By: Anthony Campo
For many individuals the apocalypse is happening right now, just not the one you are thinking of. Instead of fire and brimstone raining down upon the Earth, it is the mass destruction of the inhabitants of our bodies. By inhabitants I mean the trillions of microbial species we share our body with, most of which live in the gut and intestines. In fact we are only about 10 percent human, the rest of the genes that comprise the human body come from these microbial species in our intestines, skin, tongue, ect… Every decision we make with how we eat and train has a monumental impact on these inhabitants. If these microbes are not working for us it can present a very problematic situation for our health.
Justin Sonnenburg, a microbiologist at Stanford, suggests that we would do well to begin regarding the human body as “an elaborate vessel optimized for the growth and spread of our microbial inhabitants. This humbling new way of thinking about the self has large implications for human and microbial health, which turn out to be inextricably linked. Disorders in our internal ecosystem — a loss of diversity, say, or a proliferation of the “wrong” kind of microbes — may predispose us to obesity and a whole range of chronic diseases, as well as some infections.”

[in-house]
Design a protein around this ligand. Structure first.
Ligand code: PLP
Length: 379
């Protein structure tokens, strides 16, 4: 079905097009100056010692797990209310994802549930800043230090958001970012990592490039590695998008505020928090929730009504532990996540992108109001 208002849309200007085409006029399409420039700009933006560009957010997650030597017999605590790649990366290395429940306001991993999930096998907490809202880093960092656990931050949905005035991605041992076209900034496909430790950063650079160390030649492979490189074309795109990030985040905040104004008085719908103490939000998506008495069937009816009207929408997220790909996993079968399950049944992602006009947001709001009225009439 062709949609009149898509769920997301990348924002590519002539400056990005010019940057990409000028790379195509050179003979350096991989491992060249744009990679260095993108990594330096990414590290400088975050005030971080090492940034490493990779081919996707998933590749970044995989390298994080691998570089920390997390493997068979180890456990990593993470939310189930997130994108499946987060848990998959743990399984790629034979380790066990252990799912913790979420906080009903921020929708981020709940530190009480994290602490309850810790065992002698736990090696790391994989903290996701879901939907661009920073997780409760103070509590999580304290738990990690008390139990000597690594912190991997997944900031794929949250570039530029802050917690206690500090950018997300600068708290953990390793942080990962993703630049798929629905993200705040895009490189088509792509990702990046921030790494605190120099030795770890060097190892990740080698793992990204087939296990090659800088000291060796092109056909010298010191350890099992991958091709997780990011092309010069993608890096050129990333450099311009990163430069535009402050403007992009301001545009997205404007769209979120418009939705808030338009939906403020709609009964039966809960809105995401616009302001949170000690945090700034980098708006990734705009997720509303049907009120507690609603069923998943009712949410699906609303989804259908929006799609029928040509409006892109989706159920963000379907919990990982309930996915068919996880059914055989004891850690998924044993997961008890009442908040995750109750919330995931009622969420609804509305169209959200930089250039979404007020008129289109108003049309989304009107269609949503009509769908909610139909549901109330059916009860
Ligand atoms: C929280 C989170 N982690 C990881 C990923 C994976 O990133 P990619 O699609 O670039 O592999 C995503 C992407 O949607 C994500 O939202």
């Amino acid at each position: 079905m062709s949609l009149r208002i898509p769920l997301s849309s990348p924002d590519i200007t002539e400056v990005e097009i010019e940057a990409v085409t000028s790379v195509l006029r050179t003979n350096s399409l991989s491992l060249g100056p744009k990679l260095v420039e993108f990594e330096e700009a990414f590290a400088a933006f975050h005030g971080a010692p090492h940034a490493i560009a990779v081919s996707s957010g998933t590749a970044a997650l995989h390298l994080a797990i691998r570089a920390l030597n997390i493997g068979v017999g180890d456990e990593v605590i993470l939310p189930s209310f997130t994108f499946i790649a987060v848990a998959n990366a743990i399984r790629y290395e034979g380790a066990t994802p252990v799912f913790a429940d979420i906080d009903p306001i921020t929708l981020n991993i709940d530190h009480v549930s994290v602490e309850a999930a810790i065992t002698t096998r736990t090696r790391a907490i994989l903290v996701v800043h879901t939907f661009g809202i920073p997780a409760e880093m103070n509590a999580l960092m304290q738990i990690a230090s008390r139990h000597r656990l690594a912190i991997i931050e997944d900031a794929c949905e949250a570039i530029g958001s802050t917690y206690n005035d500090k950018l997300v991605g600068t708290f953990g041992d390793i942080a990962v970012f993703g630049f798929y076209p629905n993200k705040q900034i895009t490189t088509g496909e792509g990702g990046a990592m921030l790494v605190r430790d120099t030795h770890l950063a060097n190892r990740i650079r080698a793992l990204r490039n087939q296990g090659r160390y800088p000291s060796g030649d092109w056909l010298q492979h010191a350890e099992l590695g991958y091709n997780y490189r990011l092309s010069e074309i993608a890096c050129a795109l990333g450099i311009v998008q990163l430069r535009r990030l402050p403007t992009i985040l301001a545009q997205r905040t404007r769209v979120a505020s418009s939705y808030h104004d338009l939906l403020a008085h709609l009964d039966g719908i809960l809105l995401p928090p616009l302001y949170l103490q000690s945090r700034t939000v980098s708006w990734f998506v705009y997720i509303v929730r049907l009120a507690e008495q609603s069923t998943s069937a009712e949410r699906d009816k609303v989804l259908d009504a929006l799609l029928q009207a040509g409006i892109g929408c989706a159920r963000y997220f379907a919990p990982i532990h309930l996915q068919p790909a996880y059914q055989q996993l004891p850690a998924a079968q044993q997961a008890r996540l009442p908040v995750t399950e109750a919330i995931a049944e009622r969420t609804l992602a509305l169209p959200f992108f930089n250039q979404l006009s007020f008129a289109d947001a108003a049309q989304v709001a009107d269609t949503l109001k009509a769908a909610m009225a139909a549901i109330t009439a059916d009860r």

The majority of us have goals that are a little more ambitious that simply not being obese, diseased, or infected. This same science can be used in order to optimize our body chemistry and help us achieve maximal success with health, function, and sports performance. Individuals who are the most successful eat and train in a way that the trillions of microbial species in our body are working in their favor. The individuals that struggle consistently with hitting goals pertaining to their health and fitness are creating a doomsday for their microbial inhabitance.